Video games should be playable by people of all experience levels and skill sets. This shouldn’t be a controversial statement. Yet, it often is. For years, gamer culture—the toxic parts of it, at least—insisted on gatekeeping, on maintaining that games be difficult and complex to restrict “filthy casuals” from entering the fray. But as casual players have grown in numbers, it’s become harder for gamers, and game companies, to ignore them.
It’s understandable that studios want to appeal to a certain type of player—especially when the developers and writers at those studios are creating the kind of game they themselves want to enjoy. But it does the industry a huge disservice to assume that everyone wants to play one way. Now that casual gamers are just as prominent as the “hardcore” segment, it’s time for games that address the play styles of both groups. No one expects any one person to just play first-person shooters, or just RPGs. So why should we expect everyone to play on the same difficulty level? The key is to value gamers equally and not arbitrarily decide that one is better than another. And as some games have shown recently, it is possible to satisfy many audiences.
Why, then, don’t developers do this all the time? The problem is that there has often been a (false) perception that it is “better” to play strenuous video games, that players have to earn their progress in the story. Easy modes, then, are “cheats” that dilute the experience and exclusivity of defeating very hard games.
If you’re looking for a real-world example of this divide, look no further than Dark Souls, a title known for its extreme difficulty. Back in 2012 its creator, Hidetaka Miyazaki, made the grave mistake of mentioning that he thought it should have an easy mode; the backlash was stunning in its scope and ferocity. The studio later attributed his remarks to a “mistranslation,” possibly to avoid enraging the game’s insular fan base.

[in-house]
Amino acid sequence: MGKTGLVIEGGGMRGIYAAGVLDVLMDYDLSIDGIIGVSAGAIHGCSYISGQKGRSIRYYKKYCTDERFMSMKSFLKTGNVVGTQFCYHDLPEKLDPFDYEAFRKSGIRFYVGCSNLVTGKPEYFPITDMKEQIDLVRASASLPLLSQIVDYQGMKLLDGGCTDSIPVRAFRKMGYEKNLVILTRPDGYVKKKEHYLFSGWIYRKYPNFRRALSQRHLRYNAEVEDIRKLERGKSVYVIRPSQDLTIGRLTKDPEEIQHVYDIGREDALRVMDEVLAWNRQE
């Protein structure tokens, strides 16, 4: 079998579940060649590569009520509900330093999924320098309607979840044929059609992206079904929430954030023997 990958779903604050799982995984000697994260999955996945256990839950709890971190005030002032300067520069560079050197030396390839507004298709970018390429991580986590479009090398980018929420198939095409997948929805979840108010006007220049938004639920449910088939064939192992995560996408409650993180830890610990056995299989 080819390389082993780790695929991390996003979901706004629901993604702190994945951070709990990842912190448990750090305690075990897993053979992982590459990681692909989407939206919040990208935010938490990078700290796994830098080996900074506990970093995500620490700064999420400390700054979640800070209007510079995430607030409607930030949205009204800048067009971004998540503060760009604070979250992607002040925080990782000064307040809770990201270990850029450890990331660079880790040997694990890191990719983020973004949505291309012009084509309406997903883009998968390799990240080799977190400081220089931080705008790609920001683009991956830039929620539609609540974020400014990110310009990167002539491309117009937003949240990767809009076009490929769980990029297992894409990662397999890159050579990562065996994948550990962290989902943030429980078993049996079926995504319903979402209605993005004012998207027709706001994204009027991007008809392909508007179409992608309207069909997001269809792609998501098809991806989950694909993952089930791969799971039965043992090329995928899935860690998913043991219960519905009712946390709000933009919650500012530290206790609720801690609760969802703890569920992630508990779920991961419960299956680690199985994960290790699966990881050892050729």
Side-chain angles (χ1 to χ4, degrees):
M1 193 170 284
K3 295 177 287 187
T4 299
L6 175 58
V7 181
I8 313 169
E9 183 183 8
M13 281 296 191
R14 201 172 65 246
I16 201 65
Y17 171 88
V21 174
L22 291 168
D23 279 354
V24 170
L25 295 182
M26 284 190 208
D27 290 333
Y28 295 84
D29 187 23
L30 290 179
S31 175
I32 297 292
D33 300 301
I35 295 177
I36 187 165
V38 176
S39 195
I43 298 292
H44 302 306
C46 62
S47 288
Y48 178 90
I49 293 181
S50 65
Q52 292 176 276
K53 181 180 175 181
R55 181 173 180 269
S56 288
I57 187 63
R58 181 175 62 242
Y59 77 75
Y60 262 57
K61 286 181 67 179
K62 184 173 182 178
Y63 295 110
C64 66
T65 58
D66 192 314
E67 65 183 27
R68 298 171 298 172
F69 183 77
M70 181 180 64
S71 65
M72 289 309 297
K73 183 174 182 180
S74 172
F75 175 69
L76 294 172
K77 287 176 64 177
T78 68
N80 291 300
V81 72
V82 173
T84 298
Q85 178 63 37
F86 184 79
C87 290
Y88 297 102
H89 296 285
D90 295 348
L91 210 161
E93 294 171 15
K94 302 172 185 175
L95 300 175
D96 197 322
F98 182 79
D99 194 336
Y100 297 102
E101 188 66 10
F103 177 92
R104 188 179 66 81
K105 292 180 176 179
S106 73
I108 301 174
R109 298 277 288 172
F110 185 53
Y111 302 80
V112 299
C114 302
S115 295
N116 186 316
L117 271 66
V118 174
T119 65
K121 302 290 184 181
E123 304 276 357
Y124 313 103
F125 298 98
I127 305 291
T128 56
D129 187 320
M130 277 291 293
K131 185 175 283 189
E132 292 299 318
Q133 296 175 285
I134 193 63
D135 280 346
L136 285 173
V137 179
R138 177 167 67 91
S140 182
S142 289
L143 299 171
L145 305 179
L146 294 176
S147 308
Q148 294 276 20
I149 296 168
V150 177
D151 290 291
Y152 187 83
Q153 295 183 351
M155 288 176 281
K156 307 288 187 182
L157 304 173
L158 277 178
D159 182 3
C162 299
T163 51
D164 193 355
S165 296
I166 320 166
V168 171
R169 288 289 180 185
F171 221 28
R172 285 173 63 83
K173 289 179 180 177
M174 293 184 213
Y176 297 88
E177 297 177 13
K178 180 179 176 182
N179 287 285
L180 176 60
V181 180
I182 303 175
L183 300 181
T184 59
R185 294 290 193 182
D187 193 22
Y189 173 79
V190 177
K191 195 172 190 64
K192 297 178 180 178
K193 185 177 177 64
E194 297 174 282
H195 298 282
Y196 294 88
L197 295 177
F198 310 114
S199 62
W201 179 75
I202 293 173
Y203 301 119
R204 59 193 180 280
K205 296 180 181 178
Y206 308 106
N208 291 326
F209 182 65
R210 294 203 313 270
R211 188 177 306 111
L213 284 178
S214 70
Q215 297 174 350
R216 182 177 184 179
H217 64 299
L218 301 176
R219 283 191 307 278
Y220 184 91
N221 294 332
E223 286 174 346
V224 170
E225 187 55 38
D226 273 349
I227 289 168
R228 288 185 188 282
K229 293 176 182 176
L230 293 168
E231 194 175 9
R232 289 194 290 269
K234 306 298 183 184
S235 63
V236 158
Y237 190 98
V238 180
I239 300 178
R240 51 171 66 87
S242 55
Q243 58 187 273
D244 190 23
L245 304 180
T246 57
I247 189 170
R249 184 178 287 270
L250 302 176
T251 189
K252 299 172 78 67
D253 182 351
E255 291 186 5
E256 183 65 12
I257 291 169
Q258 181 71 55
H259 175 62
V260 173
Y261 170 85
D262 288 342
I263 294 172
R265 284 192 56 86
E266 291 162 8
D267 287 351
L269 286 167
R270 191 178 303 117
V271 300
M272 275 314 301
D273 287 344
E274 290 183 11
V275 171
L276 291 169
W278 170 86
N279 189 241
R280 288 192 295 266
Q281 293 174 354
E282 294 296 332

But accessibility, in all its forms, is important, if not outright necessary. Making games that appeal to audiences that play at different levels means a wider fanbase. More devotees means more copies sold; more copies sold means more money for the development of new games. It’s a win-win. That’s not to say that the intention of the studio or developer doesn’t matter if they want to create a very difficult game—just that it’s one piece of a larger puzzle.
Additionally, “easy mode” is often a misnomer. As a person who is a devotee of customizing settings to make a game easier, I’m all for simplifying combat and turning down enemy damage. But I still want a challenge. Easy mode doesn’t necessarily mean removing every obstacle so gamers can sail through—it just means adding in extra options to tweak the difficulty. The games that do this most artfully, in my opinion, are the ones that allow you to adjust individual settings—do you want immortality, or would you rather inflict more damage on enemies? And often, this doesn’t help you with puzzles. There’s still plenty of challenge to be had.
How, then, can you cater to an audience that wants things to be as hard as possible for their own enjoyment, while also acknowledging that appealing to a wider range of casual gamers is good for many, many different reasons? How does a studio respect its own intentions and art while also creating something playable by people of varying skill levels?
There is a blueprint for this. It’s called Control.
Originally published by Remedy Entertainment in 2019, Control was well known for being incredibly difficult. Multiple people told me, “Well, it’s very hard, but it’s so worth it because the story is so good.” I believed them. The trouble was, no matter how amazing the story was, I knew it wouldn’t be worth it because it would be too frustrating. If the difficulty isn’t just a challenge to keep things interesting, but instead an unsurmountable obstacle (as it is for many of us with poor hand/eye coordination as well as for people with disabilities), then it’s not a game worth playing.